The FaceWall Class and Slanted Walls

We have never previously taken looked at the FaceWall class. Here is a question on this handled by Joe Ye, which also addresses an old comment by Deric Wallace on creating a wall with a sloped profile. Deric wishes to create a wall like this programmatically:

Slanted wall

This was not easily achievable in Revit 2010. The access to slanted walls is improved in Revit 2011, as we can see from Joe's answer below:

Question: How can I use the API to distinguish a slanted wall from a normal one?

Once I have a slanted wall, how can I determine its angle?

Slanted wall angle

Answer: Slanted walls are represented by the FaceWall class, whereas normal walls use the Wall class. You can thus take advantage of the Revit element's .NET class to distinguish between slanted and non-slanted walls.

With regard to getting the angle of a slanted wall, you can determine one of its side faces, calculate the side face's normal vector, and then determine the angle between that and the vertical vector or Z axis (0,0,1):

Slanted wall angle calculation

Now the question remains how to obtain the slanted wall's upside face. To do so, first retrieve the slanted wall solid using its Geometry property. Then go through each face of the solid. If the face area times the wall thickness equals the wall volume, and the face normal vector's Z coordinate is positive, then this face is the upside face we are looking for.

As said, we can then calculate the angle between vertical vector (0,0,1) and the upside face's normal to determine the slanted wall angle.

Here is the code to achieve all of this:

using System;
using System.Collections.Generic;
using Autodesk.Revit.ApplicationServices;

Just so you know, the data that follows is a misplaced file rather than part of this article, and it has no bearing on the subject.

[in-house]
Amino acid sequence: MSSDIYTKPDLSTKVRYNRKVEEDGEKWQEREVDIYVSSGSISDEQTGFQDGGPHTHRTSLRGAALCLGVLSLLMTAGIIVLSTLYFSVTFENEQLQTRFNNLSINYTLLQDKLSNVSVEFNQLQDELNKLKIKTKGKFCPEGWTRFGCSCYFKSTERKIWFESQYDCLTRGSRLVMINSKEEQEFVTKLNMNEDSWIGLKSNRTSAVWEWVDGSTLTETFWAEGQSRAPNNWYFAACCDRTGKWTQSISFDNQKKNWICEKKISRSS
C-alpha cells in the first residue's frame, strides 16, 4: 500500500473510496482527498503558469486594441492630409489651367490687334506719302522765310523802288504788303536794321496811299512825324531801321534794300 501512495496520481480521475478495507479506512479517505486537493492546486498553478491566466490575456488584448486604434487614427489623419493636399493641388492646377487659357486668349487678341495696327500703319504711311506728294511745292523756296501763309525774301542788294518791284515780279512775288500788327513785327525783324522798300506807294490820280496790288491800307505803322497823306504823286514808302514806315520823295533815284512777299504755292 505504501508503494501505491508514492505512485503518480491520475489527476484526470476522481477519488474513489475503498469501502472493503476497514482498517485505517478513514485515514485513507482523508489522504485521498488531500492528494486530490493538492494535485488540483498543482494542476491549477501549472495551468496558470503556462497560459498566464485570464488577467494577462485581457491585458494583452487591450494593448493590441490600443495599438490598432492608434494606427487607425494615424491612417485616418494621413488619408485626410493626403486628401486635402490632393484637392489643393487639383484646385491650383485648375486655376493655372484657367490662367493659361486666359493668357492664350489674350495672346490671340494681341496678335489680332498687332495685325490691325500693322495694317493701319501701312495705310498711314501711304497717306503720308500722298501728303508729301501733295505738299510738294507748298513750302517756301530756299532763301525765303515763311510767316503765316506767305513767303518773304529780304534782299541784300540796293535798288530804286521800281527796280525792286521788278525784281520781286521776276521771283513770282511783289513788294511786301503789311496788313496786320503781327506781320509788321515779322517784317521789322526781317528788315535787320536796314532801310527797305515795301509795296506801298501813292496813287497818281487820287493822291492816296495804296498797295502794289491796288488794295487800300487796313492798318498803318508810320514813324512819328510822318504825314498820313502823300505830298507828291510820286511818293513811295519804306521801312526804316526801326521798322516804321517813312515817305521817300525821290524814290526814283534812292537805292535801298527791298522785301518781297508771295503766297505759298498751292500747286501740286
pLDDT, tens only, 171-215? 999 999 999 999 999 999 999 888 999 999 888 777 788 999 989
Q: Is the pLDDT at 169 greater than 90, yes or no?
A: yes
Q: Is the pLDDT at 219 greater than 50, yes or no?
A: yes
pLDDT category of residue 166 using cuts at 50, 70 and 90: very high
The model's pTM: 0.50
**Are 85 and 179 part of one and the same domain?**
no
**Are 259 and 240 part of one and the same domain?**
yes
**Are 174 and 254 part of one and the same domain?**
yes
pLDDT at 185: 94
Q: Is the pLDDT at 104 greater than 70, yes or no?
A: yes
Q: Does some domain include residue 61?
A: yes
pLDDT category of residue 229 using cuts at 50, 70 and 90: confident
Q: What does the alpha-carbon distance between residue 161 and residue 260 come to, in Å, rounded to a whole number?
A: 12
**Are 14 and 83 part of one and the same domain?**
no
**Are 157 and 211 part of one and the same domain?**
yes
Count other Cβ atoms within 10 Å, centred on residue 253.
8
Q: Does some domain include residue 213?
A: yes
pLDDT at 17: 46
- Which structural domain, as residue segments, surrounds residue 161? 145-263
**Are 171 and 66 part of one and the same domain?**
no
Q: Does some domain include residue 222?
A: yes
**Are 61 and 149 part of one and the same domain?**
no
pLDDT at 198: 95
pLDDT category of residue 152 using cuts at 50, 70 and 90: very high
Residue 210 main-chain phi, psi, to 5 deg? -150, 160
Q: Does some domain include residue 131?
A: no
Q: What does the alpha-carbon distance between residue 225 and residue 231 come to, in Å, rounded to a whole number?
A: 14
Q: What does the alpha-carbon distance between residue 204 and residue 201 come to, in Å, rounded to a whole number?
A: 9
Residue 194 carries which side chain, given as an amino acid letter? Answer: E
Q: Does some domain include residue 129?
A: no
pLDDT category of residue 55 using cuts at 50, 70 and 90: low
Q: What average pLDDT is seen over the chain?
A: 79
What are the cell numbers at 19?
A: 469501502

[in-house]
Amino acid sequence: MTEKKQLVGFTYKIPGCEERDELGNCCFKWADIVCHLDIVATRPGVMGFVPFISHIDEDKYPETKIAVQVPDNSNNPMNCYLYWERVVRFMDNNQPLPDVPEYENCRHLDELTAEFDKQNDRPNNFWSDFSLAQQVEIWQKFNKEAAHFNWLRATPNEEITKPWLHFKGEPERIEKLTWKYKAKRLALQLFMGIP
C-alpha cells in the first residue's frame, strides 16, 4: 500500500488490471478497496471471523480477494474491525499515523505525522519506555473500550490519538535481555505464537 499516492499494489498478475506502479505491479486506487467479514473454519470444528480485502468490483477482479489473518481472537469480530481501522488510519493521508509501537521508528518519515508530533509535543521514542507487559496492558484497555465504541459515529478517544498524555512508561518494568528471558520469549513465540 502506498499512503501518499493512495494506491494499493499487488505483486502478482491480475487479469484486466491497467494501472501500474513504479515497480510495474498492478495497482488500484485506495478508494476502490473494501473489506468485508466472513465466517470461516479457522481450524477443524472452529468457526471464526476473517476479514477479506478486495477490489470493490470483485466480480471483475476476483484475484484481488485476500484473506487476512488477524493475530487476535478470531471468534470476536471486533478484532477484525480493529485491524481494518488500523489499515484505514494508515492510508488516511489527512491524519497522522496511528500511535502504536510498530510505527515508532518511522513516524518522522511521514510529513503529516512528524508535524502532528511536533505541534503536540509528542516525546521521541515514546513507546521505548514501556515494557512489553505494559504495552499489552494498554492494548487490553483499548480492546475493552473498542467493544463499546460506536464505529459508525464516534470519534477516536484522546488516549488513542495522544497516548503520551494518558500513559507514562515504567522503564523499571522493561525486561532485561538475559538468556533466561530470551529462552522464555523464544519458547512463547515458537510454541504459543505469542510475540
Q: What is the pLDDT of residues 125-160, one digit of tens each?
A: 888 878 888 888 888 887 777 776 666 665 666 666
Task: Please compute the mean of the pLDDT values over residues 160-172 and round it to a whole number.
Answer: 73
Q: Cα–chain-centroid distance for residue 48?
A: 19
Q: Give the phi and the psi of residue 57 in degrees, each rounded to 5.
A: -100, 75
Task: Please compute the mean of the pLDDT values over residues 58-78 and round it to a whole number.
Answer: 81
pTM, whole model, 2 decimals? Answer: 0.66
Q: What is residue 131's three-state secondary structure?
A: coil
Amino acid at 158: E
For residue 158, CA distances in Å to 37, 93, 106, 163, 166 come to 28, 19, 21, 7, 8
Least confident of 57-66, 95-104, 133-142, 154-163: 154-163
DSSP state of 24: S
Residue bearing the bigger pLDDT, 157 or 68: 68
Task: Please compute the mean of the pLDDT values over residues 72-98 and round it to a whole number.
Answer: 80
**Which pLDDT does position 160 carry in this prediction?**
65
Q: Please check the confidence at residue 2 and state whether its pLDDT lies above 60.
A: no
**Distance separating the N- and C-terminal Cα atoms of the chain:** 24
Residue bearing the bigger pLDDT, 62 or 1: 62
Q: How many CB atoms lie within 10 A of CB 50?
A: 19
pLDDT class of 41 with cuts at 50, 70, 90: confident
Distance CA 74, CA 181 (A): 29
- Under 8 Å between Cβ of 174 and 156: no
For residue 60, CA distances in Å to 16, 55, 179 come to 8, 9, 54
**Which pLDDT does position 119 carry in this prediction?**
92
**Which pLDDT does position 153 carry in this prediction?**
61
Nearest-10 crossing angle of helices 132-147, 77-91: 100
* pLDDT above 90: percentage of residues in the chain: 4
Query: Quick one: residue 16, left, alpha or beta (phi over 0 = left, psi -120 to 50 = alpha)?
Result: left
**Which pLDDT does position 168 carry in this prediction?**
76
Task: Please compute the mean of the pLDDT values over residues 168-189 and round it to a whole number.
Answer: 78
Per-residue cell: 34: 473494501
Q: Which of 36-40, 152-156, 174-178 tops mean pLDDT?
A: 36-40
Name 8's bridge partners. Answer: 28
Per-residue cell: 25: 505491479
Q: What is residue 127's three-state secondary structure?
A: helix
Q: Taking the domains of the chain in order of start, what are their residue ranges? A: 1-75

using Autodesk.Revit.Attributes;
using Autodesk.Revit.DB;
using Autodesk.Revit.UI;
[TransactionAttribute( TransactionMode.ReadOnly )]
[RegenerationAttribute( RegenerationOption.Manual )]
public class GetSlantedWallAndAngle : IExternalCommand
  public Result Execute( 
    ExternalCommandData commandData, 
    ref string messages, 
    ElementSet elements )
    UIApplication app = commandData.Application;
    Document doc = app.ActiveUIDocument.Document;
    FilteredElementCollector collector 
      = new FilteredElementCollector( doc )
        .OfCategory( BuiltInCategory.OST_Walls );
    FaceWall slantedWall = null;
    foreach( Element elem in collector )
      // use the class to identify slanted wall
      if( elem is FaceWall ) 
        slantedWall = elem as FaceWall;
    if( slantedWall == null )
      messages = "There is no slanted wall in this model";
      return Result.Failed;
    // retrieve geometry
    Options options = app.Application.Create
    GeometryElement geoElement 
      = slantedWall.get_Geometry( options );
    // get the only solid
    Solid wallSolid = null;
    foreach( GeometryObject geoObject 
      in geoElement.Objects )
      if( geoObject is Solid )
        wallSolid = geoObject as Solid;
    // get the wall width
    ElementId typeId = slantedWall.GetTypeId();
    WallType type = doc.get_Element( typeId ) 
      as WallType;
    double dWidth = type.Width;
    double dTolerance = 0.01;
    double dAngle = 0.0;
    foreach( PlanarFace face in wallSolid.Faces )
      if( dTolerance > Math.Abs( 
        face.Area * dWidth - wallSolid.Volume ) )
        if( face.Normal.Z > dTolerance )
          // calculate the angle
          XYZ verticalVector = XYZ.BasisZ;
          dAngle = verticalVector.AngleTo( 
            face.Normal ) * 180 / 3.1415926;
            "Slanted wall angle to XOY plane", 
            dAngle.ToString() );
    return Result.Succeeded;

Here is the complete Visual Studio code project

Many thanks to Joe for this answer and sample code!

One last-minute idea for a possible enhancement of the filtering code that came to me while editing this post is that since we are searching for walls whose .NET class is FaceWall, the filtering could probably be further optimised by using

  FilteredElementCollector collector 
    = new FilteredElementCollector( doc )
      .OfClass( typeof( FaceWall ) )
      .OfCategory( BuiltInCategory.OST_Walls );

Then the explicit iteration after setting up the filter could be avoided. Maybe we could even skip the check for the category, since FaceWall instances presumably always will have the OST_Walls built-in category. Eliminating the category check would probably have an absolutely negligible effect, though.